(Wraps together Nowotny, Jazbec and Praet)
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The European Central Bank is ready to respond to any economic shock stemming from Donald Trump's surprise victory in the U.S. presidential election, two rate setters said on Wednesday, while the Bank's chief economist called for "calm."
Stocks fell, before rebounding in U.S. trading on Wednesday, while trading in the U.S. dollar and other major currencies remained volatile as investors faced up to a shock win for Trump that could upend the global political order.
Slovenian central bank governor Bostjan Jazbec and his Austrian counterpart Ewald Nowotny stressed the ECB's preparedness to act if needed.
"We are definitely prepared to intervene in an emergency," Nowotny told reporters in Vienna, adding that it was too soon to know what would happen. "What that will really look like, we must wait and see."
Any weakening in the U.S. economy, the world's largest and Europe's top trading partner, and a strengthening in the euro against the dollar are bad news for the ECB.
The euro zone's central bank has been trying to revive the euro zone economy with low interest rates, bond buying and cheap loans to banks.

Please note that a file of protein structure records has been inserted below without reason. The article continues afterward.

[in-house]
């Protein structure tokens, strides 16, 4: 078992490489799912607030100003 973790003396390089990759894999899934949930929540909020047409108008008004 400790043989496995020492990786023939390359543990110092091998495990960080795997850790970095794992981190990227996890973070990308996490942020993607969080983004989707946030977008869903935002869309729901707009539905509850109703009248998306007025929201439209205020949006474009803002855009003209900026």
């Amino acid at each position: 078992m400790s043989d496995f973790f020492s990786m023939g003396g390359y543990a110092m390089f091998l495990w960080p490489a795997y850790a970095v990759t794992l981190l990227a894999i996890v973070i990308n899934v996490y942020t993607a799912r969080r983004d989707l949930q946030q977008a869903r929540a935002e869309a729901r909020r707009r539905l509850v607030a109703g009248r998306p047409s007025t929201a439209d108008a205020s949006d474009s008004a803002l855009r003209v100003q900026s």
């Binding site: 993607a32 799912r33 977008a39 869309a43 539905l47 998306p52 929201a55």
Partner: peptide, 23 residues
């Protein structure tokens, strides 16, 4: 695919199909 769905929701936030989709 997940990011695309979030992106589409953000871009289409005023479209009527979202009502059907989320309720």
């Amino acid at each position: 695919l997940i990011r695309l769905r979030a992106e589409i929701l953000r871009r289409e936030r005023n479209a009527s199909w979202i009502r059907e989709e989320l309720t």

It also has an open swap line with the Federal Reserve allowing U.S. banks to borrow in euros from the Fed and vice versa if they struggle to finance themselves on the market.
"I believe the U.S. central bank and the ECB are able to suitably respond to any possible shocks following the U.S. elections," the Slovenian governor said at an event in Slovenia.
Yet the ECB's chief economist Peter Praet said it was too early to react to Trump's victory.
"Usually what we do is look through volatility of course for the first days so we have to be a bit patient and see how things evolve," he said before a speech in Brussels.
"All communications on monetary policy will not change now as a result. We have to be calm, calmer than the markets."
During his speech, Praet added the ECB would need to keep its "a very substantial amount of monetary support" to bring inflation back to target.
After an initial sell-off, markets were trimming their losses in the late European morning.
A fall in the yields of German bonds, which investors were buying on Wednesday as they sought relatively safe assets, could make it more difficult for the ECB to find enough eligible bonds to buy in that country.
The ECB can't buy any debt that yields less than its -0.40 deposit rate. Yields on German debt up maturing up to 2021 were below that level on Wednesday. (Reporting by Francois Murphy in Vienna, Marja Novak in Brdo Pri Kranju, and Robert-Jan Bartunek and Philip Blenkinsop in Brussels; Editing by Toby Chopra)